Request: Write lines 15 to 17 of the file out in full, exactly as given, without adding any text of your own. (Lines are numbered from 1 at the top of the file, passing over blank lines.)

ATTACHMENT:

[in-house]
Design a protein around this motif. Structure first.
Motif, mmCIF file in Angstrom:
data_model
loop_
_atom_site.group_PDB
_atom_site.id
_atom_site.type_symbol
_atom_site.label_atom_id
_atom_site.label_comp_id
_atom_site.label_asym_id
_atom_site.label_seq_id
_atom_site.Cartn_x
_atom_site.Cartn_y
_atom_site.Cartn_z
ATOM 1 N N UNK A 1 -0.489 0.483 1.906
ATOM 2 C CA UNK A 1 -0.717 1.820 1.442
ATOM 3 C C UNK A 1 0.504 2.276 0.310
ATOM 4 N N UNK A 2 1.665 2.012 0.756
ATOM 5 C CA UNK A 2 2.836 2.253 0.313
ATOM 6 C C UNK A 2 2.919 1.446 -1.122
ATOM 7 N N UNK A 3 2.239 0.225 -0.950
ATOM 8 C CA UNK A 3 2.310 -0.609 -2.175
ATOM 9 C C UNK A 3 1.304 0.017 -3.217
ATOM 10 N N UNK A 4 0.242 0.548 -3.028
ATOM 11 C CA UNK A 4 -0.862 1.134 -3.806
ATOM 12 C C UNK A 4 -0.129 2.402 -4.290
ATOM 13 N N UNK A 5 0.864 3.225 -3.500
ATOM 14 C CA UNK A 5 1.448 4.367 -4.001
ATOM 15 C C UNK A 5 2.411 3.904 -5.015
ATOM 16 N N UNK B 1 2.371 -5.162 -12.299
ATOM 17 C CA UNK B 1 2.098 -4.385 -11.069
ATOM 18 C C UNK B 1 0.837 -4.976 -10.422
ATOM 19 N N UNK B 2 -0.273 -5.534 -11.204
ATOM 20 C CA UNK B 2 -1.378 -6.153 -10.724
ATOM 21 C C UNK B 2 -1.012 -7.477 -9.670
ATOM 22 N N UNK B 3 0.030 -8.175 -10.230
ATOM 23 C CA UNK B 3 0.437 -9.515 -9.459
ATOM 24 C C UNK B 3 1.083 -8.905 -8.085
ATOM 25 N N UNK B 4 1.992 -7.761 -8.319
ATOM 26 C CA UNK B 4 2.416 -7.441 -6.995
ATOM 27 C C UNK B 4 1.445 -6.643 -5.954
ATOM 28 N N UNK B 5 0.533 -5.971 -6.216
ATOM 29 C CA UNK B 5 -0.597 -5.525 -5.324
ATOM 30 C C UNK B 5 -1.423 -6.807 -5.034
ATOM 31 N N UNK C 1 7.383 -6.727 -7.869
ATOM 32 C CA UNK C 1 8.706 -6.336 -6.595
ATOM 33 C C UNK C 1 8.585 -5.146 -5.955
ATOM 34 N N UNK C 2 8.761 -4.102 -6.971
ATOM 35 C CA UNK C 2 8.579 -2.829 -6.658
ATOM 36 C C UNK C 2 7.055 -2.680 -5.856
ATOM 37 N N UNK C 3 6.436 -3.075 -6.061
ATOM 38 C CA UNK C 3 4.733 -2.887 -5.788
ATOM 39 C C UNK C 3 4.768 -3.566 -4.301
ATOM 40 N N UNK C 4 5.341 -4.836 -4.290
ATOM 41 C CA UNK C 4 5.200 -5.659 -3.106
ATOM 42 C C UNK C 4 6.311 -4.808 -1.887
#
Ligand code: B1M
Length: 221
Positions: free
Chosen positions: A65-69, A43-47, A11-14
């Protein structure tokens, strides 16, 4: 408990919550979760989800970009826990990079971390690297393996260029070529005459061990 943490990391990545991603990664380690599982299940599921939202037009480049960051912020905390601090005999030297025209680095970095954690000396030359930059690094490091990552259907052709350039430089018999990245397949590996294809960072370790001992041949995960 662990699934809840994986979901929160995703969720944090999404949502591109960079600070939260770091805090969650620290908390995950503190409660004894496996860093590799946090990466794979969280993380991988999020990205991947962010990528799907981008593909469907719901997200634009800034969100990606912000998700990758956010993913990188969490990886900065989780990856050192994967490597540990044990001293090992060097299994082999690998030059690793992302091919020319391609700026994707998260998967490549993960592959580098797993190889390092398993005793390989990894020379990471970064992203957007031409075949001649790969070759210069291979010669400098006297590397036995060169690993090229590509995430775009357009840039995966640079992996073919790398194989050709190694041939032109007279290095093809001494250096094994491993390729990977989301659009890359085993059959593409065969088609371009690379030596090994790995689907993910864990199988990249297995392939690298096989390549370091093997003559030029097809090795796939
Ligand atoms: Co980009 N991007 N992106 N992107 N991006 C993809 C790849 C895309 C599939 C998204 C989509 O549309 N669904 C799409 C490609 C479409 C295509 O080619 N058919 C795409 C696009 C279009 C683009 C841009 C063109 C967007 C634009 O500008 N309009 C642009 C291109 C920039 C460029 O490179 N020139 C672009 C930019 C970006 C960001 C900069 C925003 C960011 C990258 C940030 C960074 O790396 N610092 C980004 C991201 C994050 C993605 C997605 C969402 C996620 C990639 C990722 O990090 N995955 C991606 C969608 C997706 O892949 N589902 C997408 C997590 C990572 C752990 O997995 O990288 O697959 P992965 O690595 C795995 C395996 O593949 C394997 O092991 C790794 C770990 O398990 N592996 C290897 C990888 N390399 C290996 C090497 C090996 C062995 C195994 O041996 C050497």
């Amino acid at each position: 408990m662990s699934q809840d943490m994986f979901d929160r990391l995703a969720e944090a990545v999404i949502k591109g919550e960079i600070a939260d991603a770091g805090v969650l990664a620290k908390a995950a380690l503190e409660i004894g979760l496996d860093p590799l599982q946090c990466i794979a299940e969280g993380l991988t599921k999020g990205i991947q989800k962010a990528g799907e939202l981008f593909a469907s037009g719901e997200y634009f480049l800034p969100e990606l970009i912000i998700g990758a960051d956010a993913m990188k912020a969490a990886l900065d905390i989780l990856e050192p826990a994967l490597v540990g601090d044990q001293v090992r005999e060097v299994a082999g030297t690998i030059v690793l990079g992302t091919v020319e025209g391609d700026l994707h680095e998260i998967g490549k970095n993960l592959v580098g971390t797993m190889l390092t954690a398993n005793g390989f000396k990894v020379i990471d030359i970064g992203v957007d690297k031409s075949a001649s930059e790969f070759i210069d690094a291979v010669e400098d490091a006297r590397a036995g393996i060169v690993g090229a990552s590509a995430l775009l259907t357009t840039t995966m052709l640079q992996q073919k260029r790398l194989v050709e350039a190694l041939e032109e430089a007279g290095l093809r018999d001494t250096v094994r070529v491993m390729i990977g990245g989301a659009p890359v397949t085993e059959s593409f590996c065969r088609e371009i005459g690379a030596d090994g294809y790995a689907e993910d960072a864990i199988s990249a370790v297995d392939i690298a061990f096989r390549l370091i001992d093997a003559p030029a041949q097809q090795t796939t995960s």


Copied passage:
_atom_site.Cartn_z
ATOM 1 N N UNK A 1 -0.489 0.483 1.906
ATOM 2 C CA UNK A 1 -0.717 1.820 1.442